Sales and use tax generally apply to sales of construction materials that will incorporate into real property, the sale of which is not subject to sales tax. Kentucky is a good example of that, and there is a regulation, 103 KAR 26:070, which addresses contractors.
Because nonprofits may make tax-exempt purchases, this can pose opportunities and risks, especially in states with statutory exemption language that does not explicitly deal with contractors. Again, Kentucky is a good example. To this point, a construction contractor must pay sales and use tax on materials purchased and used in fulfillment of a construction contract with a tax-exempt organization, according to Section 2 of 103 KAR 26:070. However, the Department advised that “If a nonprofit entity wishes to take advantage of its exempt status by making purchases directly, the Department of Revenue recommends that the exempt entity initially advertise separate competitive bids for materials and labor and any materials purchased by the exempt entity should be delivered to the exempt entity’s job site. In addition, the exempt entity must prepare and submit its own purchase order for materials and payment must be made directly by the exempt entity to the vendor.” Dep’t of Revenue, Kentucky Sales Tax Facts, Vol. 5, No. 1 (Dec. 1, 2003).
In states in which there is a statutory exemption, a contractor should obtain the appropriate state exemption certificate.
Nonprofit selling to for-profit businesses
When a nonprofit makes sales, that nonprofit seller must generally collect sales tax, which necessarily entails registering as a vendor, collecting sales tax, filing tax returns and remitting sales tax to the applicable state. When a nonprofit is a buyer, they are generally exempt from sales and use tax.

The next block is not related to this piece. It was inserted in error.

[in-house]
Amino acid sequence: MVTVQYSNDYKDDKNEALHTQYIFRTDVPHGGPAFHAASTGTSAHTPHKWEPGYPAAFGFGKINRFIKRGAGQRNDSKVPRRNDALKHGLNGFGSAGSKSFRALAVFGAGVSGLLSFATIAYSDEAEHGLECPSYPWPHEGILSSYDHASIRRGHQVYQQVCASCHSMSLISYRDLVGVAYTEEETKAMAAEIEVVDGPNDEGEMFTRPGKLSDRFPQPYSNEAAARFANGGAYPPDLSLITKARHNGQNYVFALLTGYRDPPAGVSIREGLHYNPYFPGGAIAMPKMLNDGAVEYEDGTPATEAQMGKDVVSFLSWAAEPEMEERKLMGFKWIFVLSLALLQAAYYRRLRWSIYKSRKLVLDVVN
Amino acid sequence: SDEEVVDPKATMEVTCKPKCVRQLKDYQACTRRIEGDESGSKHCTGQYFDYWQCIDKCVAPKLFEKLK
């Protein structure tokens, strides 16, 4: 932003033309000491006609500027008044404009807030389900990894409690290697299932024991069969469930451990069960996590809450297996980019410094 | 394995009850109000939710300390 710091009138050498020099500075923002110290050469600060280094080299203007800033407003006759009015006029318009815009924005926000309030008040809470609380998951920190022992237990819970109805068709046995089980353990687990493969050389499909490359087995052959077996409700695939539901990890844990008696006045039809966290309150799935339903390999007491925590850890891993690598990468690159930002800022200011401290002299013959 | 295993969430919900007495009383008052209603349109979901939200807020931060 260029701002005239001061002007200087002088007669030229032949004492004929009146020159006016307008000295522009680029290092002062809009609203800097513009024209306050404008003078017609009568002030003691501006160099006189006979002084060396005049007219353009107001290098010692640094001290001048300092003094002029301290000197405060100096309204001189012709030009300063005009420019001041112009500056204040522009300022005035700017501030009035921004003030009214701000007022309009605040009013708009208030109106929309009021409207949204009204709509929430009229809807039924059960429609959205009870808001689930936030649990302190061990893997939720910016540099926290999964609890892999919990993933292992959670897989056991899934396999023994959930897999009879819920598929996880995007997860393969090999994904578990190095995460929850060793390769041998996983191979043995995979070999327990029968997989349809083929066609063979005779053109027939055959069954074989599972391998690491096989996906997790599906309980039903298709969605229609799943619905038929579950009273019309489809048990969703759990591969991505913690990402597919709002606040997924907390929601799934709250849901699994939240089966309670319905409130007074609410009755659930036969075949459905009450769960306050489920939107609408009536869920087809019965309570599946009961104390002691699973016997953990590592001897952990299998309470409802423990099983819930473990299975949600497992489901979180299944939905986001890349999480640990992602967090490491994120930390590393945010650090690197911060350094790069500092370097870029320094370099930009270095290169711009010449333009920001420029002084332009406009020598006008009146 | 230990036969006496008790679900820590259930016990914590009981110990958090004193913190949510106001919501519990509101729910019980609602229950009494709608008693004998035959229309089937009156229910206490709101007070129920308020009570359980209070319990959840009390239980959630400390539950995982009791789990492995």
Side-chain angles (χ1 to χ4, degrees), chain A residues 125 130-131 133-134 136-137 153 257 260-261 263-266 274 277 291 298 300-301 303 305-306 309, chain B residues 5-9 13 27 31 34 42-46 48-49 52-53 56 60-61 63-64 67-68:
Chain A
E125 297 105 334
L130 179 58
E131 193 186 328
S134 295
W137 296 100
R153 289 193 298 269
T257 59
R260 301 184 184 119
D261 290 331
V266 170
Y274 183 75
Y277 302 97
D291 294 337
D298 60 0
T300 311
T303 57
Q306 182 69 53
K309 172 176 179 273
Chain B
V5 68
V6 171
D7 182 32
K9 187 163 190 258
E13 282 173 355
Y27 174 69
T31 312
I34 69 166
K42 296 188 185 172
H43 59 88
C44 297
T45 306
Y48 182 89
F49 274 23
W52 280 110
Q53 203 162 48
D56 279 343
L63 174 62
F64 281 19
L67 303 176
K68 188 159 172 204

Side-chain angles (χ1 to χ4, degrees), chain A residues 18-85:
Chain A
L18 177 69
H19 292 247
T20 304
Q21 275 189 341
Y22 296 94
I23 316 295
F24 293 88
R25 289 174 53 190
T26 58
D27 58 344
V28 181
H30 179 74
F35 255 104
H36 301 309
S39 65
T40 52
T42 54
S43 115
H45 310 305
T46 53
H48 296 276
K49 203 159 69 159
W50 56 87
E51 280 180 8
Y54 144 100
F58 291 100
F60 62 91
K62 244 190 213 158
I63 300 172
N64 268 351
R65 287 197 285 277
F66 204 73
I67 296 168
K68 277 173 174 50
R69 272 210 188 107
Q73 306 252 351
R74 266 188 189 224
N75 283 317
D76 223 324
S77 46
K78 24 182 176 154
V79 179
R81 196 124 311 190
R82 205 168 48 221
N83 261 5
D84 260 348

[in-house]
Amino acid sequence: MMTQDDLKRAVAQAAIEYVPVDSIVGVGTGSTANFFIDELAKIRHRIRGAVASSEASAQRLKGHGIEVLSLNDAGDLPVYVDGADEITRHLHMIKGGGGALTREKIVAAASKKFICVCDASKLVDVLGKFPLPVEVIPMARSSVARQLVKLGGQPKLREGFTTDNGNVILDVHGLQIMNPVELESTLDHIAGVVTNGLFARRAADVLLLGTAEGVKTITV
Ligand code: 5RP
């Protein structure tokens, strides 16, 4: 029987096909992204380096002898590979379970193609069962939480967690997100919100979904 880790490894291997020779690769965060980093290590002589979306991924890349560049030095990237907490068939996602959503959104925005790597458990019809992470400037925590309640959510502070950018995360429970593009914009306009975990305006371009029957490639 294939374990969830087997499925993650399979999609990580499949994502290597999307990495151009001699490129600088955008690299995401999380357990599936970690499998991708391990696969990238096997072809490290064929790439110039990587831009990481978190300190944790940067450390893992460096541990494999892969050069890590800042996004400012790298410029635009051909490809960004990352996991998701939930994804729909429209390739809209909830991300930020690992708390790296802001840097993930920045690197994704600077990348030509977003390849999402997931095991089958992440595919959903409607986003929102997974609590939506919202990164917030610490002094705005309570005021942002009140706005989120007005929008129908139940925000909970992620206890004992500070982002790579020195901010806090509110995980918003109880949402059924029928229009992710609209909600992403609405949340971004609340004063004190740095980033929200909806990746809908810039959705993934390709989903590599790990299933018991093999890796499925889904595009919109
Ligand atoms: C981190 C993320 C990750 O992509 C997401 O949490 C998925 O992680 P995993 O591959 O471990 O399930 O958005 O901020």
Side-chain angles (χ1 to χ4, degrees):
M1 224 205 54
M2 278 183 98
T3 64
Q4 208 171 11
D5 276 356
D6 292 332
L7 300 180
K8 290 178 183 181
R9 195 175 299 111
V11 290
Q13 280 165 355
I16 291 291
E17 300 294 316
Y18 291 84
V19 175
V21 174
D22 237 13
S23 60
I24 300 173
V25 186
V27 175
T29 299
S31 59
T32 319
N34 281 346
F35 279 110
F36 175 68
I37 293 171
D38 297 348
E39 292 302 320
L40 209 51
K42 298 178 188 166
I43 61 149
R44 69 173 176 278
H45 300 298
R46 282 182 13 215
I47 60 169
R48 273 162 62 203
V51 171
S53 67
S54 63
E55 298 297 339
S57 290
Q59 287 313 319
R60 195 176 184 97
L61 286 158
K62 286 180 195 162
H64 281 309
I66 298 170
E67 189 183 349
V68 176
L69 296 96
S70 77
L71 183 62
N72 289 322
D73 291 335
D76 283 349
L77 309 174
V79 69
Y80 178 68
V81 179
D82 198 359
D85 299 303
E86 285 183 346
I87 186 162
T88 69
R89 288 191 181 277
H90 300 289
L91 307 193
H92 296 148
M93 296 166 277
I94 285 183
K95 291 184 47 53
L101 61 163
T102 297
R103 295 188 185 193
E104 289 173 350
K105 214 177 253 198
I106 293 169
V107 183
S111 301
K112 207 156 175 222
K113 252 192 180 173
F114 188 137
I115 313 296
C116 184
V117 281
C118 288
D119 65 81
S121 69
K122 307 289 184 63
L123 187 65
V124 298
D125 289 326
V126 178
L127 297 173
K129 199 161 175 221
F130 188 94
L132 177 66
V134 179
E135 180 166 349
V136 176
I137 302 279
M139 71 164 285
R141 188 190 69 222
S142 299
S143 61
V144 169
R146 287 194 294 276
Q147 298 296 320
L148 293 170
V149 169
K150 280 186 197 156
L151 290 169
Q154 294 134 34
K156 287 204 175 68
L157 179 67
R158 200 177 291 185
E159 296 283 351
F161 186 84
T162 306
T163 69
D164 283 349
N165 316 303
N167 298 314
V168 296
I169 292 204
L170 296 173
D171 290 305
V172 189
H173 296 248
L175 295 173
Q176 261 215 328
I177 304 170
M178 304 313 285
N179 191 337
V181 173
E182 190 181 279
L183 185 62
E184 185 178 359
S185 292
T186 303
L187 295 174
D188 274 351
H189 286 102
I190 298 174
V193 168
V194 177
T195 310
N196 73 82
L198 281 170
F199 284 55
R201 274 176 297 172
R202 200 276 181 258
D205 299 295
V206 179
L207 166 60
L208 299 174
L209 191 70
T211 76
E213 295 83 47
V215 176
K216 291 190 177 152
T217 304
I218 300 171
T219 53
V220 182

Nevertheless, states sometimes provide limited exemptions to nonprofits for sales tax. For example fundraising event sales are exempt, as provided for in KRS 139.495.
But, the point for for-profit business purchasers to keep in mind is that even though sales tax is not collected by the nonprofit, the for-profit business must pay tax on non-exempt purchases made from a nonprofit.
“What’s worth doing is worth doing for money.” – Gordon Gekko, Wall Street (1987)
For-profit businesses do business with nonprofits all the time and make money doing it. For tax purposes, the keys are to avoid the traps and to take advantage of the right tricks.
About the author: Mark A. Loyd, JD, CPA, is a partner of Bingham Greenebaum Doll in Louisville and chairs its Tax and Employee Benefits Department. He chairs the Society’s Editorial Board and Tax Committee. He can be reached at MLoyd@bgdlegal.com; 502.587.3552.
For more information regarding nonprofits be sure to attend the Nonprofit Conference on April 23 at the Gratzer Education Center in Louisville or via live broadcast.